All of these are defined in our Data Layer, so we won’t need to add these events individually. Instead, we can take a shortcut by using variables.
Click on the “+” icon to add a new Event Name.
Choose the predefined variable Event, which appears with a gear icon.
Next, we’ll be adding the Event Value. Again, click on the “+” icon next to the text box.
We can find this value from the key-value pairs in the data layer. To fetch this value, we’ll create a new Data Layer Variable. Click on the “+” icon in the top right corner to choose a variable.
We want the pair for the key called value, so that will be our Data Layer Variable Name.
Add a name for the variable and Save it.
Lastly, we’ll fill up Event Items. We can find our items array in the data layer, which we’ll again fetch using a Data Layer Variable.
So let’s select New Variable…
The Data Layer Variable Name will be called items this time. Give your new custom variable a name and Save it.
We have now correctly configured our Google Ads dynamic remarketing Tag!
We’re almost done. Our next step will be to attach a trigger to the Tag.
Attaching a Trigger
We want to fire our remarketing Tag when someone views a product, searches a product, views a category list, adds a product to their cart, or makes a purchase.
This means that we need to trigger our Tag only when these predefined events occur.
So let’s create a new Custom Event trigger such that it fires on multiple events.
Check the Use regex matching option. This is a very powerful tool that will help us to use an “or” function with a pipe symbol.
We’ll copy all our predefined event names from the Google documentation and separate them with “|”.
Thus, our final Event name will be view_search_results|view_item_list|view_item|add_to_cart|purchase.
Give the trigger a name, and Save it.
Finally, we can save our Tag as well—we’ve finished building a fully functional dynamic remarketing Tag for Google Ads!
To make sure your Tag is working correctly, click on the Preview mode.
If you navigate to a product page, you should see your remarketing Tag fire for any view_item event.
And when we open the fired Tag, we should see the Event Items, Event Value, and Event Name.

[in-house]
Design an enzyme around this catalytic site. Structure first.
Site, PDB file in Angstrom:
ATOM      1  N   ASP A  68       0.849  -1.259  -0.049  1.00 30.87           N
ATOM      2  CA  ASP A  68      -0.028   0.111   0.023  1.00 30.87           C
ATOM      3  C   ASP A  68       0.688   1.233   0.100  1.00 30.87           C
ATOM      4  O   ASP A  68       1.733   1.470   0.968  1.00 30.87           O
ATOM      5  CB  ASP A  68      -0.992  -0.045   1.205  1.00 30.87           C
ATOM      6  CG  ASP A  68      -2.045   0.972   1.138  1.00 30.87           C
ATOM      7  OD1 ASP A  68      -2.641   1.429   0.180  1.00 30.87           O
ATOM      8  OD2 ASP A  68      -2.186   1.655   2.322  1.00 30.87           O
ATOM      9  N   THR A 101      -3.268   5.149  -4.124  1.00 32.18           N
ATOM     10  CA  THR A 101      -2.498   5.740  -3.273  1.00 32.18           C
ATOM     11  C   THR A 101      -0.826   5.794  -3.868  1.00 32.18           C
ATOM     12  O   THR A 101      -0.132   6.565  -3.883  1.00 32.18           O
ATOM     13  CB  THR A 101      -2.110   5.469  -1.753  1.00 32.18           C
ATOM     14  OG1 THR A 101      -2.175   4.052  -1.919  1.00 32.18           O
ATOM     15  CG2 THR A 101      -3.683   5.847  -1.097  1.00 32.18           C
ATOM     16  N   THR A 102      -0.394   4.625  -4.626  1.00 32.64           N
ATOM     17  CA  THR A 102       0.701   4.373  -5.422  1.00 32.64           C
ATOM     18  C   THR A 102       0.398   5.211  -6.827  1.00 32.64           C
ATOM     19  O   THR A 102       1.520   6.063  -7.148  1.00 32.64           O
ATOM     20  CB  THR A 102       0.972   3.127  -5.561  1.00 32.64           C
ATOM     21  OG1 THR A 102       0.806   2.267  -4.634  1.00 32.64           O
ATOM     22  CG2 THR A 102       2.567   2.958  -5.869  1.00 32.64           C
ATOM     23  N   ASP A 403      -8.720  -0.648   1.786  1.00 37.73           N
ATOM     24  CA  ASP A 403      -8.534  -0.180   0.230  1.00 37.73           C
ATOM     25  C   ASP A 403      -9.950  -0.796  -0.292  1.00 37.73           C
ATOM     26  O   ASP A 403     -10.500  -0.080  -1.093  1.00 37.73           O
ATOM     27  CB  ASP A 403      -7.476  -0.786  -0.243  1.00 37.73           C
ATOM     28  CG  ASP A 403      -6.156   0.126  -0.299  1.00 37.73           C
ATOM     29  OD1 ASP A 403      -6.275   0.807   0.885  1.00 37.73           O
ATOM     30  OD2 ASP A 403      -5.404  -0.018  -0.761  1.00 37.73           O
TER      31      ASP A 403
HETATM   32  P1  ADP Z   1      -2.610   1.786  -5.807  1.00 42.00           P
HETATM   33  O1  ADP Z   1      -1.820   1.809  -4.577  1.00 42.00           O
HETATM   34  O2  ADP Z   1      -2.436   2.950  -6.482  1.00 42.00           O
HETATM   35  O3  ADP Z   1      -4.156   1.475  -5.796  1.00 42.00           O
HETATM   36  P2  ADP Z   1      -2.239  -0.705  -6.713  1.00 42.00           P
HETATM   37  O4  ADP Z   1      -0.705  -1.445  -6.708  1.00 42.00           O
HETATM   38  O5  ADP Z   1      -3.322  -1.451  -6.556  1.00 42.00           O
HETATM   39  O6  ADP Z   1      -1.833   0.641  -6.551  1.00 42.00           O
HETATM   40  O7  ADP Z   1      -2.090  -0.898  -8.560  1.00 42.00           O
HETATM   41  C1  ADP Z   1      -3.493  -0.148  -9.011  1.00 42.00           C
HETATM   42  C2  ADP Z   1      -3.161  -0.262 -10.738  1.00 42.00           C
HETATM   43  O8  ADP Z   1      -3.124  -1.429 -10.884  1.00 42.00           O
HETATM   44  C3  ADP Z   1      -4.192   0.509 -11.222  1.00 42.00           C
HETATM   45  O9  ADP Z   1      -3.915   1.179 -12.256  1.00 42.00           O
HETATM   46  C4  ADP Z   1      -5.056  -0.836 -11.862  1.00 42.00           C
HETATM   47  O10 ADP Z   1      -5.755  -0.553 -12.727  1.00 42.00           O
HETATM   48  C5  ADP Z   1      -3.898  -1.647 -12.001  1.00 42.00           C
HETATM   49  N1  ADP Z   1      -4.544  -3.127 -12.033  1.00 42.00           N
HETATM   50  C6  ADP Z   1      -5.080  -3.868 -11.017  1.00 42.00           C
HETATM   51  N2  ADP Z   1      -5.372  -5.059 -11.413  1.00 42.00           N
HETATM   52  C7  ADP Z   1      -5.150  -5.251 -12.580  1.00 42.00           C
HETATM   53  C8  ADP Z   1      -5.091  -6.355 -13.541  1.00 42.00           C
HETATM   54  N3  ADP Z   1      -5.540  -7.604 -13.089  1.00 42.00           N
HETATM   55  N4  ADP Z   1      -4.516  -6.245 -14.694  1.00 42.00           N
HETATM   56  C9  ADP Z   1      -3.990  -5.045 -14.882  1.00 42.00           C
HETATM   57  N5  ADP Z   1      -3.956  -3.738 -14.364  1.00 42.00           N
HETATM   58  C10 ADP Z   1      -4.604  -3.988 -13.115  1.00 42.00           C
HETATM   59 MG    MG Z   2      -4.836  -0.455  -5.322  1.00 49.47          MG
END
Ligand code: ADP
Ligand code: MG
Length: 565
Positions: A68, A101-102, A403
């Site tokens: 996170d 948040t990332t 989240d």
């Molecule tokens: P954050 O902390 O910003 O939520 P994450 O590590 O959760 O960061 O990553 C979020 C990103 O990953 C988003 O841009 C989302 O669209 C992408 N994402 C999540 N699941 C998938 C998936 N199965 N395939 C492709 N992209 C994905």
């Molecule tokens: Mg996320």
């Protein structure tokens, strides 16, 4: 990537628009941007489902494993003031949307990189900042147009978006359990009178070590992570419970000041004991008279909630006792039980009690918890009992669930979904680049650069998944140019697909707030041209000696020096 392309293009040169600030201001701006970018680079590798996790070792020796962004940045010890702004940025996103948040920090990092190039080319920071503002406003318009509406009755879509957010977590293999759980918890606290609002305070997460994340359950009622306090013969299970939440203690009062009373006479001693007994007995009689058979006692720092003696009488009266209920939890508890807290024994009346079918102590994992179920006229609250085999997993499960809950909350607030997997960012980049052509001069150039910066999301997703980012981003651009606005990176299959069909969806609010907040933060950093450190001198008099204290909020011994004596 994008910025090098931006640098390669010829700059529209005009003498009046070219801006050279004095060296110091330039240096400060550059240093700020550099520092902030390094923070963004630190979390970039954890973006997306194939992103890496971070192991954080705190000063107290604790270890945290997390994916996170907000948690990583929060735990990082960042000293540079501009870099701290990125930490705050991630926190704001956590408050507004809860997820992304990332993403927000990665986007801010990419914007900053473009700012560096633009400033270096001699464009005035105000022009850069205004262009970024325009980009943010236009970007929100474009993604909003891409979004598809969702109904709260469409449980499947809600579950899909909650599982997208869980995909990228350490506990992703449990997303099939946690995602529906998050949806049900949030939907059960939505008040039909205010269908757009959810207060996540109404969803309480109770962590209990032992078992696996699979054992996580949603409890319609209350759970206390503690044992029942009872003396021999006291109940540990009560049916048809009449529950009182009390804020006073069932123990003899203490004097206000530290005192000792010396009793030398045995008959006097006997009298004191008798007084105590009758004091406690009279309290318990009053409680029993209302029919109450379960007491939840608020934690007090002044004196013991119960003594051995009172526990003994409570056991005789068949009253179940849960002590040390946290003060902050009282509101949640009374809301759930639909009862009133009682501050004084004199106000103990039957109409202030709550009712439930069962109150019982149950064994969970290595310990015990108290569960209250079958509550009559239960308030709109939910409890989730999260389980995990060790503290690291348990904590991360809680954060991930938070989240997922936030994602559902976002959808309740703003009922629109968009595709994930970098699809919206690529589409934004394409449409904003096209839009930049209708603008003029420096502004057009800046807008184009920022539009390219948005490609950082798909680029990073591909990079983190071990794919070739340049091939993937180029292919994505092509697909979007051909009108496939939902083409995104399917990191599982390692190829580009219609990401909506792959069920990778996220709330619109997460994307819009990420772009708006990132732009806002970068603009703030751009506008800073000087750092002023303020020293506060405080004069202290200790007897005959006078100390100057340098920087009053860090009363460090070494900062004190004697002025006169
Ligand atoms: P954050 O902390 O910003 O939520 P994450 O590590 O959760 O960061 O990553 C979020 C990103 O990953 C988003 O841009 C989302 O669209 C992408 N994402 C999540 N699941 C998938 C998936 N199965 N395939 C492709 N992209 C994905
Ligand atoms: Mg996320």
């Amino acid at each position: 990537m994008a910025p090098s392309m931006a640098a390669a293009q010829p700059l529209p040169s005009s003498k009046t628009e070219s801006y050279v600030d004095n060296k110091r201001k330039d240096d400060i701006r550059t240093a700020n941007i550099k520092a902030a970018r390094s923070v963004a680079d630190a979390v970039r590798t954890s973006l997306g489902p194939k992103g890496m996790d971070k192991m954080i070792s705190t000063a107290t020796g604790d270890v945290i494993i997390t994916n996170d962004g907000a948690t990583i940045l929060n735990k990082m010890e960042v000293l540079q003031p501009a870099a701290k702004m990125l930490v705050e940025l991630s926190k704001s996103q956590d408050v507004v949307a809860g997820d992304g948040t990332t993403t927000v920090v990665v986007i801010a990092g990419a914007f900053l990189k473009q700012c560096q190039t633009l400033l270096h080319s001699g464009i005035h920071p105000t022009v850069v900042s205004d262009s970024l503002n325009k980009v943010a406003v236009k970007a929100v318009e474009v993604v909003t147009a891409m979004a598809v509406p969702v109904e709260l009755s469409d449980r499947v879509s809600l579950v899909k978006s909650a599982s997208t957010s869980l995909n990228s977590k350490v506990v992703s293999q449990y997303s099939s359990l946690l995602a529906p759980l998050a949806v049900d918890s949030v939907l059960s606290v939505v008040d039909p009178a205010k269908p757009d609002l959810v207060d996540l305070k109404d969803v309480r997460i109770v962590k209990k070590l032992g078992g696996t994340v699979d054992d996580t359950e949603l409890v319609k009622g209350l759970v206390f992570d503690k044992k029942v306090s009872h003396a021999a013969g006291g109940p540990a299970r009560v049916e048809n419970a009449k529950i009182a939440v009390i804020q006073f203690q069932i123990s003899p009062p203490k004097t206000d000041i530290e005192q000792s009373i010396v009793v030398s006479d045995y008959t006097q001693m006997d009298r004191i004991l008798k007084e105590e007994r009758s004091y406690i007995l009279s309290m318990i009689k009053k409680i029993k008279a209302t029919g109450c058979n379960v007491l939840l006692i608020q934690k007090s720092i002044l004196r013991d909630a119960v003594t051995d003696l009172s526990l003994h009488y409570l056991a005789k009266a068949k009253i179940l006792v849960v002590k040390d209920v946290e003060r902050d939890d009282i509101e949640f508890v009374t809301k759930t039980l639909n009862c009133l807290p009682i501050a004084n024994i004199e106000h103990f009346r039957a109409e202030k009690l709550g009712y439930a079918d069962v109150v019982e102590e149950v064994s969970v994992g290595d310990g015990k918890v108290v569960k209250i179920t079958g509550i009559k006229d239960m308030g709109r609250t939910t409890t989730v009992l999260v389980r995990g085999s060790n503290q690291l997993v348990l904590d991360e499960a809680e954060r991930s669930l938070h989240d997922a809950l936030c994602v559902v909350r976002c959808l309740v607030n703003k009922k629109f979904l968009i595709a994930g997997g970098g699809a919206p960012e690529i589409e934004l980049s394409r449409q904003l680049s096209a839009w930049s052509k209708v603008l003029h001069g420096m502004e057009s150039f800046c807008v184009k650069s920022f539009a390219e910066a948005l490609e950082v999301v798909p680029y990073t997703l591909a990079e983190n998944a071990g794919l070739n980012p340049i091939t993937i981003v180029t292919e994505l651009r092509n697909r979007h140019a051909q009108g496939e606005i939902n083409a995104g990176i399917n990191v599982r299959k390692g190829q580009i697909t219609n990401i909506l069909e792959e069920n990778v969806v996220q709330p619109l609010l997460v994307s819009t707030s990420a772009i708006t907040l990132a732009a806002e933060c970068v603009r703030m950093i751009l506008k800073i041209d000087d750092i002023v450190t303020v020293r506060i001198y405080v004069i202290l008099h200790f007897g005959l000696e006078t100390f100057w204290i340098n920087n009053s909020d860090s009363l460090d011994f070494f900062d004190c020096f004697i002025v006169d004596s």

Thus, our Tag is working correctly!
Let’s also see how data gets pulled for different events on our website.
First, go to a product page on your website and Enable the browser extension Tag Assistant Legacy to start tracking data.
You’ll see a Google Ads Remarketing Tag under your extension’s Tag Analysis.
If we open the Tag, we’ll see our Conversion ID under the Metadata tab.
To confirm that your product ID in your Tag matches the one in your product feed, you can click on Remarketing Validation and enter your product Feed ID.
Finally, if we click on Requests at the bottom of the Tag Assistant, we can see our view_item event, google_business_vertical, and id of the product—in short, everything that was sent to Google Ads.
Similarly, we can also check for a website page with multiple products, such as a catalog or category page.
For this Tag, there should be a view_item_list event. It shows us the event, google_business_vertical, and list of id of all the products that appear on the page.
We can check the same way for all the other predefined events, like view_search_results, add_to_cart, and purchase.
This event data will also be available in your Google Ads account.
Under the Google Ads Tag, you’ll see parameters like currency, event, google_business_vertical, id, and value.
Lastly, Submit the Google Tag Manager version so that all these changes are live on your website and your dynamic remarketing campaign begins!
So that’s how we set up dynamic remarketing ads on any website using Google Ads and Google Tag Manager.
This is one of the most effective methods to bring customers back to your website because it shows them personalized ads about products and services they want. The best marketing leads are the ones who already know you and your products!
Also, once you get the audience hooked on your website, it will be beneficial to track the conversion of customers who actually purchased your product.
Were you able to install dynamic remarketing correctly on your website? How do you use the data tracked with this? Let us know in the comments below!